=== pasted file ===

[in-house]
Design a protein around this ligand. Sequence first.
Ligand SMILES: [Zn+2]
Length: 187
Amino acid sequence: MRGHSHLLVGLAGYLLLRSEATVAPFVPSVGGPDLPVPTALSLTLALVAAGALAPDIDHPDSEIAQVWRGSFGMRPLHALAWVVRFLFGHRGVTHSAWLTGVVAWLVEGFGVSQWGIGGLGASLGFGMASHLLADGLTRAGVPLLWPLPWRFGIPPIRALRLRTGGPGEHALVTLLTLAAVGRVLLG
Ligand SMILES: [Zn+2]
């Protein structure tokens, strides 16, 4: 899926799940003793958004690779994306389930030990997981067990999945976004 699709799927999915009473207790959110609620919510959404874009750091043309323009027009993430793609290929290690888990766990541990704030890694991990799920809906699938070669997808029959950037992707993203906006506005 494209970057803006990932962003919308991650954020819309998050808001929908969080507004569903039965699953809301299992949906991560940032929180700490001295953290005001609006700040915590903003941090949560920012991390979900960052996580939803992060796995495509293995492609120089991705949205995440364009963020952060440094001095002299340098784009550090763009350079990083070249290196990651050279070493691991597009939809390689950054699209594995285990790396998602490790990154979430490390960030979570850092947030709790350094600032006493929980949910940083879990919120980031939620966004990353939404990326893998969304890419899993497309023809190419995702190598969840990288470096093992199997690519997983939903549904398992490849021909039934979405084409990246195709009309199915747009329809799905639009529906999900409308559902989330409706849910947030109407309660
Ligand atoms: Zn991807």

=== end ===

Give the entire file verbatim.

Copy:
[in-house]
Design a protein around this ligand. Sequence first.
Ligand SMILES: [Zn+2]
Length: 187
Amino acid sequence: MRGHSHLLVGLAGYLLLRSEATVAPFVPSVGGPDLPVPTALSLTLALVAAGALAPDIDHPDSEIAQVWRGSFGMRPLHALAWVVRFLFGHRGVTHSAWLTGVVAWLVEGFGVSQWGIGGLGASLGFGMASHLLADGLTRAGVPLLWPLPWRFGIPPIRALRLRTGGPGEHALVTLLTLAAVGRVLLG
Ligand SMILES: [Zn+2]
């Protein structure tokens, strides 16, 4: 899926799940003793958004690779994306389930030990997981067990999945976004 699709799927999915009473207790959110609620919510959404874009750091043309323009027009993430793609290929290690888990766990541990704030890694991990799920809906699938070669997808029959950037992707993203906006506005 494209970057803006990932962003919308991650954020819309998050808001929908969080507004569903039965699953809301299992949906991560940032929180700490001295953290005001609006700040915590903003941090949560920012991390979900960052996580939803992060796995495509293995492609120089991705949205995440364009963020952060440094001095002299340098784009550090763009350079990083070249290196990651050279070493691991597009939809390689950054699209594995285990790396998602490790990154979430490390960030979570850092947030709790350094600032006493929980949910940083879990919120980031939620966004990353939404990326893998969304890419899993497309023809190419995702190598969840990288470096093992199997690519997983939903549904398992490849021909039934979405084409990246195709009309199915747009329809799905639009529906999900409308559902989330409706849910947030109407309660
Ligand atoms: Zn991807």